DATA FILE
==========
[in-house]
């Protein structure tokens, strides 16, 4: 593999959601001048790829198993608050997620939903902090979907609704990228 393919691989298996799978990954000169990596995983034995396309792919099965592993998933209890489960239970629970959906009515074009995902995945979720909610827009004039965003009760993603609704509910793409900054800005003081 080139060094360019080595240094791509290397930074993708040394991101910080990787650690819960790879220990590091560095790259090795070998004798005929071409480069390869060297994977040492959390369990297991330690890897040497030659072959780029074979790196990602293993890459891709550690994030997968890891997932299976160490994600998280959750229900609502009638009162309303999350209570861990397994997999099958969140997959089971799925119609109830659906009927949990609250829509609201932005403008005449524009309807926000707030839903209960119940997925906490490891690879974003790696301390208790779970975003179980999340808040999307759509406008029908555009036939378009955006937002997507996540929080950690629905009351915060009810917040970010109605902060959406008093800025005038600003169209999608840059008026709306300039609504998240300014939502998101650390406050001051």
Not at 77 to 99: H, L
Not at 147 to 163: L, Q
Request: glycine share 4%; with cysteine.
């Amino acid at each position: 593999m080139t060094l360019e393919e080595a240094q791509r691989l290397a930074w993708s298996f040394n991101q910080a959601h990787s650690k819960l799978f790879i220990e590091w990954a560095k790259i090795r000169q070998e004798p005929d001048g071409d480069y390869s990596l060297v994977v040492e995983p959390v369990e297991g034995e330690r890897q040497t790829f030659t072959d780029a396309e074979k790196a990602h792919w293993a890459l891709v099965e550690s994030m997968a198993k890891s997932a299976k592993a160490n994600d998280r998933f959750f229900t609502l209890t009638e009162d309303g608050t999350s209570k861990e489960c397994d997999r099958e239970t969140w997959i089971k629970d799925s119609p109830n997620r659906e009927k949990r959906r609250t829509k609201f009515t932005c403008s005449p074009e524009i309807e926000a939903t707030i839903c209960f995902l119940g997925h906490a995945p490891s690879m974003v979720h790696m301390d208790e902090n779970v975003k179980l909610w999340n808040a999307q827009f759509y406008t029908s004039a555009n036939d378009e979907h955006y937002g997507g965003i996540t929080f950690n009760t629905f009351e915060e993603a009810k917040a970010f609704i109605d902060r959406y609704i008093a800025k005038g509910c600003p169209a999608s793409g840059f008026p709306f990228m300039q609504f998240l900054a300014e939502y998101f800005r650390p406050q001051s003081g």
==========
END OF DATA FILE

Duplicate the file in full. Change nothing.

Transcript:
[in-house]
């Protein structure tokens, strides 16, 4: 593999959601001048790829198993608050997620939903902090979907609704990228 393919691989298996799978990954000169990596995983034995396309792919099965592993998933209890489960239970629970959906009515074009995902995945979720909610827009004039965003009760993603609704509910793409900054800005003081 080139060094360019080595240094791509290397930074993708040394991101910080990787650690819960790879220990590091560095790259090795070998004798005929071409480069390869060297994977040492959390369990297991330690890897040497030659072959780029074979790196990602293993890459891709550690994030997968890891997932299976160490994600998280959750229900609502009638009162309303999350209570861990397994997999099958969140997959089971799925119609109830659906009927949990609250829509609201932005403008005449524009309807926000707030839903209960119940997925906490490891690879974003790696301390208790779970975003179980999340808040999307759509406008029908555009036939378009955006937002997507996540929080950690629905009351915060009810917040970010109605902060959406008093800025005038600003169209999608840059008026709306300039609504998240300014939502998101650390406050001051």
Not at 77 to 99: H, L
Not at 147 to 163: L, Q
Request: glycine share 4%; with cysteine.
């Amino acid at each position: 593999m080139t060094l360019e393919e080595a240094q791509r691989l290397a930074w993708s298996f040394n991101q910080a959601h990787s650690k819960l799978f790879i220990e590091w990954a560095k790259i090795r000169q070998e004798p005929d001048g071409d480069y390869s990596l060297v994977v040492e995983p959390v369990e297991g034995e330690r890897q040497t790829f030659t072959d780029a396309e074979k790196a990602h792919w293993a890459l891709v099965e550690s994030m997968a198993k890891s997932a299976k592993a160490n994600d998280r998933f959750f229900t609502l209890t009638e009162d309303g608050t999350s209570k861990e489960c397994d997999r099958e239970t969140w997959i089971k629970d799925s119609p109830n997620r659906e009927k949990r959906r609250t829509k609201f009515t932005c403008s005449p074009e524009i309807e926000a939903t707030i839903c209960f995902l119940g997925h906490a995945p490891s690879m974003v979720h790696m301390d208790e902090n779970v975003k179980l909610w999340n808040a999307q827009f759509y406008t029908s004039a555009n036939d378009e979907h955006y937002g997507g965003i996540t929080f950690n009760t629905f009351e915060e993603a009810k917040a970010f609704i109605d902060r959406y609704i008093a800025k005038g509910c600003p169209a999608s793409g840059f008026p709306f990228m300039q609504f998240l900054a300014e939502y998101f800005r650390p406050q001051s003081g």